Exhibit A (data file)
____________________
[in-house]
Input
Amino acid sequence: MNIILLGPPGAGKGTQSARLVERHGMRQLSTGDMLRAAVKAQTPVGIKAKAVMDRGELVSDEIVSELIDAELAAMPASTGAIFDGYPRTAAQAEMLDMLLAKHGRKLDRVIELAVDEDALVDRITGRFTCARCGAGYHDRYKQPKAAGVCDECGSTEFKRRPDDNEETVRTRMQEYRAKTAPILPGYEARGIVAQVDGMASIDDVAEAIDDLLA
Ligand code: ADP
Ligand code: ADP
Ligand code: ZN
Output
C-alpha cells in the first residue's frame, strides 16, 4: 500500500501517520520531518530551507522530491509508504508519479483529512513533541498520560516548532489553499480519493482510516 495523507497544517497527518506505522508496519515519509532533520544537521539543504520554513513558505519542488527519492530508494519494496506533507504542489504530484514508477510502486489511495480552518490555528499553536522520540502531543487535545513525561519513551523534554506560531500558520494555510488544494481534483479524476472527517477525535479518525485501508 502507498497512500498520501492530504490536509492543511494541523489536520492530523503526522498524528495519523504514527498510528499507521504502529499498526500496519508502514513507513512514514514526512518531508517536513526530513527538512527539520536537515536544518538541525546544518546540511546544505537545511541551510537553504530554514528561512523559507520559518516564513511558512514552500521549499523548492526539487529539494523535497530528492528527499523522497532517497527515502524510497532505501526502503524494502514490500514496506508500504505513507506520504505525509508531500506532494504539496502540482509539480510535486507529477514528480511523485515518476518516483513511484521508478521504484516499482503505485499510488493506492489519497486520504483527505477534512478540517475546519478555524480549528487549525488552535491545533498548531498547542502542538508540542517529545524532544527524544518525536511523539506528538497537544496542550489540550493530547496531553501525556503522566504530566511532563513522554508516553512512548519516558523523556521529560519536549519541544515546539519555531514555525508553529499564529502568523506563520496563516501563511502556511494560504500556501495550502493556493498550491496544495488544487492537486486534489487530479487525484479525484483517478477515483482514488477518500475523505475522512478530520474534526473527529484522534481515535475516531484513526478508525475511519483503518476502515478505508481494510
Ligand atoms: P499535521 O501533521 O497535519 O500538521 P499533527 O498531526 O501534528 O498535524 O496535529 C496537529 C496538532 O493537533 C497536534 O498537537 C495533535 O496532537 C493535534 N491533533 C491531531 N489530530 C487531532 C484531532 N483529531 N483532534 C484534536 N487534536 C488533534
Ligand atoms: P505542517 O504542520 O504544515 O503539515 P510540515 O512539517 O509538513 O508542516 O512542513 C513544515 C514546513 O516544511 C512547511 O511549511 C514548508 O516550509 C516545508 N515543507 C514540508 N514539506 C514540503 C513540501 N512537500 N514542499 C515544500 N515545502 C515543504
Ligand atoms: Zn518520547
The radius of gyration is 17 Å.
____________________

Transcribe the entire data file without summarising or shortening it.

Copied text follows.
[in-house]
Input
Amino acid sequence: MNIILLGPPGAGKGTQSARLVERHGMRQLSTGDMLRAAVKAQTPVGIKAKAVMDRGELVSDEIVSELIDAELAAMPASTGAIFDGYPRTAAQAEMLDMLLAKHGRKLDRVIELAVDEDALVDRITGRFTCARCGAGYHDRYKQPKAAGVCDECGSTEFKRRPDDNEETVRTRMQEYRAKTAPILPGYEARGIVAQVDGMASIDDVAEAIDDLLA
Ligand code: ADP
Ligand code: ADP
Ligand code: ZN
Output
C-alpha cells in the first residue's frame, strides 16, 4: 500500500501517520520531518530551507522530491509508504508519479483529512513533541498520560516548532489553499480519493482510516 495523507497544517497527518506505522508496519515519509532533520544537521539543504520554513513558505519542488527519492530508494519494496506533507504542489504530484514508477510502486489511495480552518490555528499553536522520540502531543487535545513525561519513551523534554506560531500558520494555510488544494481534483479524476472527517477525535479518525485501508 502507498497512500498520501492530504490536509492543511494541523489536520492530523503526522498524528495519523504514527498510528499507521504502529499498526500496519508502514513507513512514514514526512518531508517536513526530513527538512527539520536537515536544518538541525546544518546540511546544505537545511541551510537553504530554514528561512523559507520559518516564513511558512514552500521549499523548492526539487529539494523535497530528492528527499523522497532517497527515502524510497532505501526502503524494502514490500514496506508500504505513507506520504505525509508531500506532494504539496502540482509539480510535486507529477514528480511523485515518476518516483513511484521508478521504484516499482503505485499510488493506492489519497486520504483527505477534512478540517475546519478555524480549528487549525488552535491545533498548531498547542502542538508540542517529545524532544527524544518525536511523539506528538497537544496542550489540550493530547496531553501525556503522566504530566511532563513522554508516553512512548519516558523523556521529560519536549519541544515546539519555531514555525508553529499564529502568523506563520496563516501563511502556511494560504500556501495550502493556493498550491496544495488544487492537486486534489487530479487525484479525484483517478477515483482514488477518500475523505475522512478530520474534526473527529484522534481515535475516531484513526478508525475511519483503518476502515478505508481494510
Ligand atoms: P499535521 O501533521 O497535519 O500538521 P499533527 O498531526 O501534528 O498535524 O496535529 C496537529 C496538532 O493537533 C497536534 O498537537 C495533535 O496532537 C493535534 N491533533 C491531531 N489530530 C487531532 C484531532 N483529531 N483532534 C484534536 N487534536 C488533534
Ligand atoms: P505542517 O504542520 O504544515 O503539515 P510540515 O512539517 O509538513 O508542516 O512542513 C513544515 C514546513 O516544511 C512547511 O511549511 C514548508 O516550509 C516545508 N515543507 C514540508 N514539506 C514540503 C513540501 N512537500 N514542499 C515544500 N515545502 C515543504
Ligand atoms: Zn518520547
The radius of gyration is 17 Å.